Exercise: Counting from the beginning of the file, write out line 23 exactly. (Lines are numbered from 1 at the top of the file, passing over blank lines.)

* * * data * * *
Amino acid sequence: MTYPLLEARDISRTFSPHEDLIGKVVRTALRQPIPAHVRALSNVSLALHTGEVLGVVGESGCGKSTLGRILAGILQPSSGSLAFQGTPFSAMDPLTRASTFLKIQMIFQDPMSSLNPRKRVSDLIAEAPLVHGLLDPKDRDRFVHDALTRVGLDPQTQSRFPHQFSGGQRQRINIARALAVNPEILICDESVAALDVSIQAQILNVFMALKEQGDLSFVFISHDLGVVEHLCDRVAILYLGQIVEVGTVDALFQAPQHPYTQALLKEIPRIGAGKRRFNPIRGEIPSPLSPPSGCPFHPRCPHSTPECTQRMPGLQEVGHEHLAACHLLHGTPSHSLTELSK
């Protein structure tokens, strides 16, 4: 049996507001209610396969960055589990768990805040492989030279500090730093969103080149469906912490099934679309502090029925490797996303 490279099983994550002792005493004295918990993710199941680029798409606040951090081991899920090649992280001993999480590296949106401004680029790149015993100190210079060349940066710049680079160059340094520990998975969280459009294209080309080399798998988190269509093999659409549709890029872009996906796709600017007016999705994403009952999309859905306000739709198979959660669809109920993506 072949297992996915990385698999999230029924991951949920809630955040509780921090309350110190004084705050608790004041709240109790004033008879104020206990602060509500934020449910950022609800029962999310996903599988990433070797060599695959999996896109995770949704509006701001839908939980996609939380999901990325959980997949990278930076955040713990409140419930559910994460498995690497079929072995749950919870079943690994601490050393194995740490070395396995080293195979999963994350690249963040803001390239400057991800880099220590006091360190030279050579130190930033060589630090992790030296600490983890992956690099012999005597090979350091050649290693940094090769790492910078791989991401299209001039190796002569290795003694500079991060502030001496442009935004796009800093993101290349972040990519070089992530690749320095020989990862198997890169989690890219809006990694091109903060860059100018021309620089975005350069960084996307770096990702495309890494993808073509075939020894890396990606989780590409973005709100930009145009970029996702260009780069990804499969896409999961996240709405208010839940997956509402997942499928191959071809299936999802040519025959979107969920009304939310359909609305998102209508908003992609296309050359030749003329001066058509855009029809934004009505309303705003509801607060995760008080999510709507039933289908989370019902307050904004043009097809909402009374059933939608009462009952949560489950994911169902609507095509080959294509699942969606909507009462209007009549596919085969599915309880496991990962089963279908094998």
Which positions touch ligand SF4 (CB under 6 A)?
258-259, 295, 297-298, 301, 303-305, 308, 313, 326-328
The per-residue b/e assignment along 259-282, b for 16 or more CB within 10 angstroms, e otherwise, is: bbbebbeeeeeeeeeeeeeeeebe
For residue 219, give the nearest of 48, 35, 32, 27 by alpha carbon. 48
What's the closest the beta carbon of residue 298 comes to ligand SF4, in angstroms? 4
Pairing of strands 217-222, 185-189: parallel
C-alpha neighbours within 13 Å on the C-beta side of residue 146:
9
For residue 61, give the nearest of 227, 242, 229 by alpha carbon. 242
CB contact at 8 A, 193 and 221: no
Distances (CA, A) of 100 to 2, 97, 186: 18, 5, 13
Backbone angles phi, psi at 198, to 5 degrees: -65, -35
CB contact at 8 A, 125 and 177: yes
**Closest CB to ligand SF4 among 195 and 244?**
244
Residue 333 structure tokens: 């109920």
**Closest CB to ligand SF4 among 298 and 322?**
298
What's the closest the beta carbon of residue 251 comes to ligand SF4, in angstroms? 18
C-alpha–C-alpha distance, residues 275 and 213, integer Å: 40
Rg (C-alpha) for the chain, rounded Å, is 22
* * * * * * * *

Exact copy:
Rg (C-alpha) for the chain, rounded Å, is 22